In a fairly recent move, Airbnb has teamed up with Fannie Mae and three big lenders to provide existing homeowners with a way to refinance their current mortgages. But they must still be using the home as their primary residence. Presumably, they can be renting out rooms, an annex, separate residential unit(s) within the property or something similar.

Under this program, those applying can count their past Airbnb income toward the qualifying income on their application. So they may be able to increase the amount they're able to borrow or get a lower mortgage rate. The Airbnb website has a "Proof of Income" section, so you can just print out your past revenues and send them to your lender.

Related: Guide to Becoming a Successful Landlord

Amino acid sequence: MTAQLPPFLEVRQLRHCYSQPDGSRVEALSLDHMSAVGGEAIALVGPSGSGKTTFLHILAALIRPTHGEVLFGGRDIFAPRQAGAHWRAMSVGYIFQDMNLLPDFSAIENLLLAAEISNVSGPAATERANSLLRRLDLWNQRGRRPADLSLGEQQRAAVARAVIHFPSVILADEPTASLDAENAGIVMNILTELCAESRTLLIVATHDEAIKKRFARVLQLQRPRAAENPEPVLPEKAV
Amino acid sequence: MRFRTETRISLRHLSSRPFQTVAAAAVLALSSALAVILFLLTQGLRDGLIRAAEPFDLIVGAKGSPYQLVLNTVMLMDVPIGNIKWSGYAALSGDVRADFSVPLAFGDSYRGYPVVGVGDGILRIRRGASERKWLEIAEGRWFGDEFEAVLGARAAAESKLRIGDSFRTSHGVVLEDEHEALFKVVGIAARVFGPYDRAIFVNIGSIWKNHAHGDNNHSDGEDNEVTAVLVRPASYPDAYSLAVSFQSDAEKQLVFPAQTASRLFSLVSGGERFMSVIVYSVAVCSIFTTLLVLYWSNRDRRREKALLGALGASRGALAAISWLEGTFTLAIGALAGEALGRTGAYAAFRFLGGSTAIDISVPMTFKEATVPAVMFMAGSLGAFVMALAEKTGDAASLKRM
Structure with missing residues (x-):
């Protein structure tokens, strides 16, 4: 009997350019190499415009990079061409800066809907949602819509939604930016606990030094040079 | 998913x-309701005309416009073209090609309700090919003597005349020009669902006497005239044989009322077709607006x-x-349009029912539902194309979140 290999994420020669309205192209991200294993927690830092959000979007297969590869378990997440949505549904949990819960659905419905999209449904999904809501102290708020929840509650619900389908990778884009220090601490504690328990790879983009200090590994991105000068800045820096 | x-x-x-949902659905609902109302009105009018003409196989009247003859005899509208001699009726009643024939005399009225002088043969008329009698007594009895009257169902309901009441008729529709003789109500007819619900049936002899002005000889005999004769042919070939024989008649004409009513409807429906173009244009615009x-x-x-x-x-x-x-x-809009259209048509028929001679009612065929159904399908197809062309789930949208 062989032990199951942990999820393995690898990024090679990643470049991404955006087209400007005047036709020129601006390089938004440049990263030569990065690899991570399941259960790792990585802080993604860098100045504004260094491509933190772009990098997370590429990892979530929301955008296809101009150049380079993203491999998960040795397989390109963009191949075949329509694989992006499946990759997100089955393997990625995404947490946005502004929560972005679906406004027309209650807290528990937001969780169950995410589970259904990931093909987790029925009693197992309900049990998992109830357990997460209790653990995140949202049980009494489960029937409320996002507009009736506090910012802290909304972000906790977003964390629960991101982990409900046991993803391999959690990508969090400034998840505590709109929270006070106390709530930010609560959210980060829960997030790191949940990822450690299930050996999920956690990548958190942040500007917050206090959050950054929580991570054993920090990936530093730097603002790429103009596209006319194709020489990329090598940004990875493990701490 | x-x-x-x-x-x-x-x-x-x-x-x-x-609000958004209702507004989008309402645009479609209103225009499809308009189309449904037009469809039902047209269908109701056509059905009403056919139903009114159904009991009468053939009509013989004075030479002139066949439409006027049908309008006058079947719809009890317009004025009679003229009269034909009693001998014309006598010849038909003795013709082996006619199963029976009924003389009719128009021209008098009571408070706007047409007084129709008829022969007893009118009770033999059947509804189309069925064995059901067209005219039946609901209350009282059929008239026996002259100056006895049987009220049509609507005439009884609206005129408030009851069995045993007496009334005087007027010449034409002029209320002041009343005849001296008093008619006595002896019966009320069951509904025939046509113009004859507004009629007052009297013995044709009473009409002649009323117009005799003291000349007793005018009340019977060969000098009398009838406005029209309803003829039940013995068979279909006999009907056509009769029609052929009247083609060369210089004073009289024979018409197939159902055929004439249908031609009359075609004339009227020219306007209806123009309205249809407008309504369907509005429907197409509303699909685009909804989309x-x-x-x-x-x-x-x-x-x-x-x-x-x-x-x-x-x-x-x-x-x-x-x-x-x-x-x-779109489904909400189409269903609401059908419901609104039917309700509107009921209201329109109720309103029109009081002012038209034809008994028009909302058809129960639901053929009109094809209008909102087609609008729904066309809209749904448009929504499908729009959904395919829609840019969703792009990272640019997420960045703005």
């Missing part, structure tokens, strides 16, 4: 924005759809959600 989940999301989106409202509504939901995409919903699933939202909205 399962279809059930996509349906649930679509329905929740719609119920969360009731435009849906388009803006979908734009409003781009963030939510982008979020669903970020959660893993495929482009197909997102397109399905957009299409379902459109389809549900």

Other Airbnb mortgage choices

There are two other common ways to finance the purchase of a rental property without it being your primary residence:

  1. Investment property loan. Expect to need a 20% or higher down payment, a good credit score and sufficient cash reserves to cover the mortgage for six months. The lender may require your appraiser to provide a "rental schedule" that forecasts the realistic, market value of the rents you may receive
  2. Non-prime loan. These are more flexible but also more expensive. You might need a 25% or higher down payment and be willing to pay a higher interest rate

Neither of these is likely to come with anything close to the sort of interest rate you're used to paying on your own mortgage. That's because default rates are higher for investment property, and lenders need a higher income to offset that risk.

higher interest rates do eat into your rental profits. So get working on your cash flow spreadsheets to be sure your business model can withstand the higher costs.